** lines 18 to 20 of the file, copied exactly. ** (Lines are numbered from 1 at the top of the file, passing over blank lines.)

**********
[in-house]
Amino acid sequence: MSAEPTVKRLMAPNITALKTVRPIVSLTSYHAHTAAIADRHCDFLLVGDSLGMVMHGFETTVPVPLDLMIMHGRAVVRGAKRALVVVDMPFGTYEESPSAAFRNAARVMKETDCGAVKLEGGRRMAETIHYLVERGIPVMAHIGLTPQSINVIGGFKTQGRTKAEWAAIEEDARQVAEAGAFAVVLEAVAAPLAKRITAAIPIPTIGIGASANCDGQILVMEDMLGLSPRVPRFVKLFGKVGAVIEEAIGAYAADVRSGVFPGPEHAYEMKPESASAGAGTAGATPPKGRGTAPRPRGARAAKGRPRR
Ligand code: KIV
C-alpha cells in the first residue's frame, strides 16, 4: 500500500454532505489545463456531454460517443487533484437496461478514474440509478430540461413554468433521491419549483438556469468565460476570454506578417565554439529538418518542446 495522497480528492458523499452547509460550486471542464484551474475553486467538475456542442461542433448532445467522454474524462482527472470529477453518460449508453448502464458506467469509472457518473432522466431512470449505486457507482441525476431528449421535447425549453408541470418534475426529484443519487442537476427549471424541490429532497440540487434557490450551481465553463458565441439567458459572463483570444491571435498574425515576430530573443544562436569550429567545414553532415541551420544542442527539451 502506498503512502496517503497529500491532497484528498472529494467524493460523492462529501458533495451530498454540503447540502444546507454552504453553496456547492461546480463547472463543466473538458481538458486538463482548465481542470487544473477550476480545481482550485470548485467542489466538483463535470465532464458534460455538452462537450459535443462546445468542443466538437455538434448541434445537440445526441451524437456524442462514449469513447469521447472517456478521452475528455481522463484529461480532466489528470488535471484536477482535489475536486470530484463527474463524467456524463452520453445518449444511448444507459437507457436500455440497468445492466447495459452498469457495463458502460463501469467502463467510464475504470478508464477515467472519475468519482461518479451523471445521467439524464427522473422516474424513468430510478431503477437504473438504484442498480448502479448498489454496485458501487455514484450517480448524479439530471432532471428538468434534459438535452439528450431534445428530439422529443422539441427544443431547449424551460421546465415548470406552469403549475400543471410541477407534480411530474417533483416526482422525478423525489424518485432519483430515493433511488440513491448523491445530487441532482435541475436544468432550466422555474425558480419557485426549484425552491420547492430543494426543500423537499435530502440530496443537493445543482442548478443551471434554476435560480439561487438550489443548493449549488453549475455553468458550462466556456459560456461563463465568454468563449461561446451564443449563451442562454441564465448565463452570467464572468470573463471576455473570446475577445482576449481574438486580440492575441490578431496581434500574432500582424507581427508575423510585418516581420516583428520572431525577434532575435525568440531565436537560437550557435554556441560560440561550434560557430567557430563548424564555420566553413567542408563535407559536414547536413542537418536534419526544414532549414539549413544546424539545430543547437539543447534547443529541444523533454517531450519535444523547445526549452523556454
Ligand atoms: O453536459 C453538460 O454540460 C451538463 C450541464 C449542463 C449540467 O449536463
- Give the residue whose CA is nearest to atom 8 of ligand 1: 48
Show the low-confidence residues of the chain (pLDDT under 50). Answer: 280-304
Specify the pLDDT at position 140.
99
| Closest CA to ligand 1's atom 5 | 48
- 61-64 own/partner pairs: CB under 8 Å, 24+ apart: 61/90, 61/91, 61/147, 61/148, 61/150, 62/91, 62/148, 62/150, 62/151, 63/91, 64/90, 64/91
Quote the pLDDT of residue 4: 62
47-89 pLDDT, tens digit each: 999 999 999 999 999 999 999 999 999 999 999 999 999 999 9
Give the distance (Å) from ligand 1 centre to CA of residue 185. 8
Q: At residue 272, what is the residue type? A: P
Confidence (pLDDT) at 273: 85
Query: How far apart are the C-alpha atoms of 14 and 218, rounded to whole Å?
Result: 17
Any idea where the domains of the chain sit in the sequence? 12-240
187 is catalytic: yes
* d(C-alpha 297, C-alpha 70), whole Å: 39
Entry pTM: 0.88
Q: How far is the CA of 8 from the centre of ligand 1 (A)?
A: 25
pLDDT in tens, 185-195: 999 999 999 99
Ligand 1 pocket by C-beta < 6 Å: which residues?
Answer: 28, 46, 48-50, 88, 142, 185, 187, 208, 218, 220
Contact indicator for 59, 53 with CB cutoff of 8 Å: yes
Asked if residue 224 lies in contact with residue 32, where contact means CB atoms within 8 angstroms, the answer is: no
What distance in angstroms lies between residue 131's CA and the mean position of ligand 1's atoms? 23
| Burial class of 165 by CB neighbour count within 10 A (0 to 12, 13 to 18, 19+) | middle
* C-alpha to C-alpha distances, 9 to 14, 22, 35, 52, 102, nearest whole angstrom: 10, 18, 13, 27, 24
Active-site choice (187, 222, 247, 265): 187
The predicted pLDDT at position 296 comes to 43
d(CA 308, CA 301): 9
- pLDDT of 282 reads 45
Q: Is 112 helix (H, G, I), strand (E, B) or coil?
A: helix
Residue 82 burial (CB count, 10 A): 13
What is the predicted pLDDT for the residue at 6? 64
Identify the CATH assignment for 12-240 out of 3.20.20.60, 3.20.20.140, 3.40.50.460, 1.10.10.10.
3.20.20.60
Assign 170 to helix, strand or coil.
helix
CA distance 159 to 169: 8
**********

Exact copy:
Result: 17
Any idea where the domains of the chain sit in the sequence? 12-240
187 is catalytic: yes